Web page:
Professional fighters often find it hard to walk away from the sport. They keep convincing themselves that they still have what it takes to compete at a high level.
Most of them figure out the hard way that they just do not have it anymore.
There was a palpable sense of fear for the safety of Erik Morales when he was scheduled to fight the dangerous Marcos Maidana and it was for good reason.
Of his 29 previous victims, only two made it to the final bell. Simply put, Morales has never faced anyone as big as Maidana.
The worry was that Morales was too old, too battle-worn to deal with a young gun like Maidana. The fact that Maidana was coming off a loss only made him more dangerous. Yet, it was Morales who asked for this match. He saw holes in Maidana’s game and he thought he could exploit these.
We didn’t see it. We thought Morales was blinded by his chase for a world title in a fourth division, something that no Mexican has ever done. We thought Maidana was too young, too strong, too legit for an old Morales--almost suicidal we thought. We believed that Morales knew what to do against Maidana. Our doubt was whether his body can accomplish what his mind dictates.
He may just be 34 years old but the ring age of Morales is way more than that. Fighters such as Shane Mosley and Bernard Hopkins may be older but they do not carry the same wear and tear that Morales does.
Because he has been in so many wars, Morales can be considered an old 34-year-old fighter. This is largely because El Terrible has always been the people’s fighter. He fought with his heart on his sleeve, never backed down from any challenge, and willingly took blows to the head for the chance to throw some back.
The first four rounds of the fight were all Maidana. In the very first round, the Argentinean connected with a wicked left uppercut that closed Morales’ right eye. At that point, all the hopes for an upset had seeminglu evaporated. The odds of Morales beating Maidana were already slim. The odds of Morales winning with one eye closed were non-existent. A flurry of punches, and the referee could have stepped in and stopped the fight. But those punches never did come.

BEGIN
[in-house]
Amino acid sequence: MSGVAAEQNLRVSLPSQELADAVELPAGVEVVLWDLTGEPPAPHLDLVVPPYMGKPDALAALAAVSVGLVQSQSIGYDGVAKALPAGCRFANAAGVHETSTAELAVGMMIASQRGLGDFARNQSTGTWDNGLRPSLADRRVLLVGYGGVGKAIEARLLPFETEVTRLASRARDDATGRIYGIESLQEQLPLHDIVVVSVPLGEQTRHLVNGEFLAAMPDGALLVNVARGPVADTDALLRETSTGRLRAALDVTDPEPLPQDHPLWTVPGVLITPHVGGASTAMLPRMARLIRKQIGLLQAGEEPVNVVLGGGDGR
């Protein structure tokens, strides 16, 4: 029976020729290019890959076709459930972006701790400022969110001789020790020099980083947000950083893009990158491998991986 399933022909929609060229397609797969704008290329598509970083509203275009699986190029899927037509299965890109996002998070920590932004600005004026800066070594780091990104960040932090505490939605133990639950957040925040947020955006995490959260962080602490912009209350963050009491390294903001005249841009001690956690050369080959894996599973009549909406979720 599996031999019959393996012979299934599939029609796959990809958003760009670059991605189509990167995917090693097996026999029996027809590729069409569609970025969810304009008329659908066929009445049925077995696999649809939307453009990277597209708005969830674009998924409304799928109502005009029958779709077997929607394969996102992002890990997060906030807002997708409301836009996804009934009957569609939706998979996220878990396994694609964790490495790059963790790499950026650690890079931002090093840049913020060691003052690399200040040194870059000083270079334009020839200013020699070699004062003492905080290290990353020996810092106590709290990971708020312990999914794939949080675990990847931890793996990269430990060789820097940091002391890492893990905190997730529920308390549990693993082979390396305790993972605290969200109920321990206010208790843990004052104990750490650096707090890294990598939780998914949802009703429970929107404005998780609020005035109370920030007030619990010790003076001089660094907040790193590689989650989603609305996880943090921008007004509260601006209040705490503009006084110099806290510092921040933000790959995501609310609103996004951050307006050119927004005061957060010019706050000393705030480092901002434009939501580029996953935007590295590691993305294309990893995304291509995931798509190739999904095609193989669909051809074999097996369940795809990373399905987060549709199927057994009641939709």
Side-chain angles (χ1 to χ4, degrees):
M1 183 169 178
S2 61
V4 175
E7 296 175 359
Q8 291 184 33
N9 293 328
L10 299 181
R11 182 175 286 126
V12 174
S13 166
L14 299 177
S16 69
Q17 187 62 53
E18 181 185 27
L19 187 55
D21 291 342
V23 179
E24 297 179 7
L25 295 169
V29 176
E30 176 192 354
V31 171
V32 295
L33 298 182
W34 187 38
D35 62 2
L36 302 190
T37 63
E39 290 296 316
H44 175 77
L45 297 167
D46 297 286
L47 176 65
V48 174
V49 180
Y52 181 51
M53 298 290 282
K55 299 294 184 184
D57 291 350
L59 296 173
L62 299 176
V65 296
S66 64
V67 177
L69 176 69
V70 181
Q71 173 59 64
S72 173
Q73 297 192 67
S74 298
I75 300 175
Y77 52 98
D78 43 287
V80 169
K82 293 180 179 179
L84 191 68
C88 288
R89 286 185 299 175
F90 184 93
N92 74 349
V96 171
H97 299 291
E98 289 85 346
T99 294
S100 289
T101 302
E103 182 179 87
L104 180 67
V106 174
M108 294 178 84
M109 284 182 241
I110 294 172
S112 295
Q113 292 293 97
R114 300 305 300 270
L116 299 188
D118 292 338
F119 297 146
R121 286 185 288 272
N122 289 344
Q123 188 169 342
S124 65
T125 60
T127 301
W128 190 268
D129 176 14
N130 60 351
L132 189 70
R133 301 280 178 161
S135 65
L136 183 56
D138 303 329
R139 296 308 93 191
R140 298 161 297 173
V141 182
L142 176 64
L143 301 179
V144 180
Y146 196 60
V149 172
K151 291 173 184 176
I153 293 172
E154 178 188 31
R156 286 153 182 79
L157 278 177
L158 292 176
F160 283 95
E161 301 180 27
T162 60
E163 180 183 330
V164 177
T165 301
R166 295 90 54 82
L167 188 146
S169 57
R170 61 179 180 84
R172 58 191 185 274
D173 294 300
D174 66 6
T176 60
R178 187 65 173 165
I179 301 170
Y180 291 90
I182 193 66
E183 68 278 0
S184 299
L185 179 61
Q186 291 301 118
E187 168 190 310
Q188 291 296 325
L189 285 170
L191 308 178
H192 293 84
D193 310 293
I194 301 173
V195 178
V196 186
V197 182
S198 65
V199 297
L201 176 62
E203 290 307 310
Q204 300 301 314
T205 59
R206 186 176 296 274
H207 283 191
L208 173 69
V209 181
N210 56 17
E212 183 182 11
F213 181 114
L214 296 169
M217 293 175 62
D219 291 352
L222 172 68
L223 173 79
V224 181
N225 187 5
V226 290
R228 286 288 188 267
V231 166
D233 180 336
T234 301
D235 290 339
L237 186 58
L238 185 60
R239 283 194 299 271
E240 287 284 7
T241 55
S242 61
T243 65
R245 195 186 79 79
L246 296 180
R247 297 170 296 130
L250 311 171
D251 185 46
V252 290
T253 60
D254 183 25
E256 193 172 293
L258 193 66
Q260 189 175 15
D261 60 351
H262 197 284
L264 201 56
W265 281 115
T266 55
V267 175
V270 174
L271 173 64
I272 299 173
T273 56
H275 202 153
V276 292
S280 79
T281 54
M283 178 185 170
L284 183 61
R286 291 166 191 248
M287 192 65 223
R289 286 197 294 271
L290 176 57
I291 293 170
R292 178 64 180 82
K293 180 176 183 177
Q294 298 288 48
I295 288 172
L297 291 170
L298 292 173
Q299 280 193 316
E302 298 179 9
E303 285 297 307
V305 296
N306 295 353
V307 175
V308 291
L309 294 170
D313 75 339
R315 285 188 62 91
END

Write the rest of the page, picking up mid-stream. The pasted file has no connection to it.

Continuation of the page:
Morales started fighting back, one-eyed and all. He was moving beautifully and was connecting at will. For a moment, we forgot it was 2011. We forgot that Morales has more losses than wins since beating Manny Pacquiao back in 2005. And so, for the next eight rounds, Morales scratched and clawed his way back into the fight. He even staggered Maidana at one point which had the Argentinean clinching as if his life depended on it.
At the end of the fight, it came to the judges’ decision. Would Morales' boldness swing the decision to his favor? As some of us already know, the miracle didn't happen: Morales lost by majority decision. But in the process, he once again earned the respect and adulation of boxing fans worldwide. With that gutsy performance, Morales proved that he still has what it takes.
After the match, more eyes were fixed on Morales than Maidana. More people were interested what the loser of the match had to say.
Maidana won that fight clearly. The success he had in the first four rounds was just too much for Morales to overcome but it does not mean that Morales should bow his head in shame. We want to see him fight again in fact, hopefully against another Mexican legend (and Pacquiao victim) Juan Manuel Marquez.
On that particular night, this warrior from Zona Norte, Tijuana, Mexico, Erik “El Terrible” Morales showed the world what boxing should be, and reminded us just how beautiful the sport of boxing really is, even with Pacquiao's name far and away from the poster.